Imprisoned at 22

[Content warning: Rape]

My memory of the day I got my first tattoo is cold and sharp like that winter had been. The constant buzzing of the needle. The electric etching of the ink under my skin. Lana Del Rey’s Shades of Cool playing on a loop in my ear against the artist’s musical choice of Nine Inch Nails over the speakers. The sting of the needle cut through the numb haze of trauma that I had been living under for the past couple of weeks.

I spent 3 months deliberating on this tattoo with my cousin. We both wanted to get our first tattoos together, deciding on getting “XXII” to commemorate our sister-like bond. Having both been born on April 22nd a year apart, we were inseparable as children. We didn’t think to make appointments, so we walked around in the snow smoking cigarettes for a few hours until we found a parlour that took walk-ins.

I was also 22 years old when we went to go get our tattoos. 22 had been a big year for me — I met my favourite singer, I finished my undergrad, my boyfriend of 8 years broke up with me, and I left a low-paying luxury retail job for a contract with an office in the public sector. I went through a lot of changes that year, and I didn’t think my year could get any worse until a coworker raped me.

I wanted to stay silent at first. There was nothing I wanted more than to forget it happened and go back to my easy life. A week passed, and the trauma began to manifest. Depression. Anxiety. Fear. I felt unsafe seeing him at work every day, and it wasn’t fair. I knew I had the strength to speak up about it. Reporting him would turn my life upside down, but regardless of my choice, I knew my life would never be easy again. If I had to suffer, so should he.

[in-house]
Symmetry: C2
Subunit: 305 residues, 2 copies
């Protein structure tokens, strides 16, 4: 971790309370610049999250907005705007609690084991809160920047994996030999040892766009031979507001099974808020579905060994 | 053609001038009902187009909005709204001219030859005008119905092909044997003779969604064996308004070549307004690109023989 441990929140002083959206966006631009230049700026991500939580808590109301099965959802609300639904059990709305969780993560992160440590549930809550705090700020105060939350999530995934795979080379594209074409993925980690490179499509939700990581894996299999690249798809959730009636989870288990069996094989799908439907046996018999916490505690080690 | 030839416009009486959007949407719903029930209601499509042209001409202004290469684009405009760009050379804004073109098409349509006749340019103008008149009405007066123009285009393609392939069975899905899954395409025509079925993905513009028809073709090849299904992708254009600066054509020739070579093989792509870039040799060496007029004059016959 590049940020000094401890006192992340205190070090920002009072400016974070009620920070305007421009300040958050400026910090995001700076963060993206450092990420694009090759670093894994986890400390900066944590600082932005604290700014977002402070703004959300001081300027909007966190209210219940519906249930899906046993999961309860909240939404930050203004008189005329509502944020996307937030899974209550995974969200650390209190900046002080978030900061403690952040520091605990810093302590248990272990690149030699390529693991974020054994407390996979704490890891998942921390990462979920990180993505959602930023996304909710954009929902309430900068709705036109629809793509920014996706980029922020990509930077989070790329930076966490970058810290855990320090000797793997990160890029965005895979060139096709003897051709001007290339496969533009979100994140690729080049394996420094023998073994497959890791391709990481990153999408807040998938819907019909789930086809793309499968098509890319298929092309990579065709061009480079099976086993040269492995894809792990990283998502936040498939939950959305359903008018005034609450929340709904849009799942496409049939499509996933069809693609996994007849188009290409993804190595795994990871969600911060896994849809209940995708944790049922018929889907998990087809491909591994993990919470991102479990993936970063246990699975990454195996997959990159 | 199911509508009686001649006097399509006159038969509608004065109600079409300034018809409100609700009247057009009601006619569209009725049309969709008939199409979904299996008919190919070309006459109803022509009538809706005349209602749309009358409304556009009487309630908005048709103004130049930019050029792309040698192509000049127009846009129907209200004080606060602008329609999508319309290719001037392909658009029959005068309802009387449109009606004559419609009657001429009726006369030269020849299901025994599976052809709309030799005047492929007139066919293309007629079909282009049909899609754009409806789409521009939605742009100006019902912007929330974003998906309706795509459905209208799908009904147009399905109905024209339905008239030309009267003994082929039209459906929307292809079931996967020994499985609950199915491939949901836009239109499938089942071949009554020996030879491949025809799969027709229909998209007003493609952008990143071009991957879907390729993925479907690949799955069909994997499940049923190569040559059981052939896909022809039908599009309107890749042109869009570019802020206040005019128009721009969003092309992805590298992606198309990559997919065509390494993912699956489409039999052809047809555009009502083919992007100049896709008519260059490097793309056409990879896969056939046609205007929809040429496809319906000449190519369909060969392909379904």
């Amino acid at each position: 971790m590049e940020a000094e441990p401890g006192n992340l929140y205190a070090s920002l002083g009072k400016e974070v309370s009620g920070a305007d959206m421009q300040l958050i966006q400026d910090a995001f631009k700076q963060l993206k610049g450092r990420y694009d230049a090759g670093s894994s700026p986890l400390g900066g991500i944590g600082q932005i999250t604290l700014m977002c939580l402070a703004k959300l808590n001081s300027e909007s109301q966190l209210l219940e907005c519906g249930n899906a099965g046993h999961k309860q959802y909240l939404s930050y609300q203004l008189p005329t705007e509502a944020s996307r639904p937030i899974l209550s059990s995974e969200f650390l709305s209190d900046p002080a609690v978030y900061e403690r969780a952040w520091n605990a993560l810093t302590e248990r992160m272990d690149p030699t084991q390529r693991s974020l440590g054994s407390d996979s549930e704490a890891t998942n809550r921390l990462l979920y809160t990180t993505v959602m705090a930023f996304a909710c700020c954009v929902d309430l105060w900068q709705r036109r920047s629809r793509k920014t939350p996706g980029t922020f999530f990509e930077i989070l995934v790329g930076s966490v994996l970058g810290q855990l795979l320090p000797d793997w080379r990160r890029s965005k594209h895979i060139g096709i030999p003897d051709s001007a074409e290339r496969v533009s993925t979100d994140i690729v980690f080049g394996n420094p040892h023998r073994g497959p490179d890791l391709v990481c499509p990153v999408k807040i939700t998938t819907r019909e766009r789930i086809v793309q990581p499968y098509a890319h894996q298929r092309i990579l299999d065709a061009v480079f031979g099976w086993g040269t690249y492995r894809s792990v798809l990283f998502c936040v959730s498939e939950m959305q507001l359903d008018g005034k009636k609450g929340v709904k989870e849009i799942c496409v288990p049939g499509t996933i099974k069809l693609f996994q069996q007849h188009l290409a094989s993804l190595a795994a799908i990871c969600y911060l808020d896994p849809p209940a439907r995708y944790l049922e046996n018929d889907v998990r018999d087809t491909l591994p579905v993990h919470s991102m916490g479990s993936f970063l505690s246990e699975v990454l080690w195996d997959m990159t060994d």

My cousin and I scheduled our tattoo date a month in advance, before everything happened. The night before we had them done was when I reported my rape to my supervisor, who then called the police. A close friend had taken my rapist’s side and they both spent that night and morning and the weeks to come viciously subtweeting me. I almost rescheduled the tattoo, but deep down I knew there would be no better time to get it.

My sister said my tattoo looks like a prisoner number, and she wasn’t wrong. Having to still work full-time at that office for 2 months until my contract ended, and again months later for another 2 months certainly felt like a prison sentence. The emotional trauma from my sexual assault made it feel even longer. But I survived. I came out stronger than ever.

What happened when I was 22 has changed me irrevocably. My boyfriend broke up with me, I was raped and am now dealing with the justice system, a close friend turned out to be a rape apologist, but I’m still here, and to be honest, I love myself more than ever. My tattoo reminds me that I’m capable of turning my worst experiences into something positive. It reminds me that I’m unbreakable, I’m a survivor, and that my strength knows no limits. XXII is a battle wound; the scar that this year left behind. And it is a beautiful scar.

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Originally published at on October 16, 2015.

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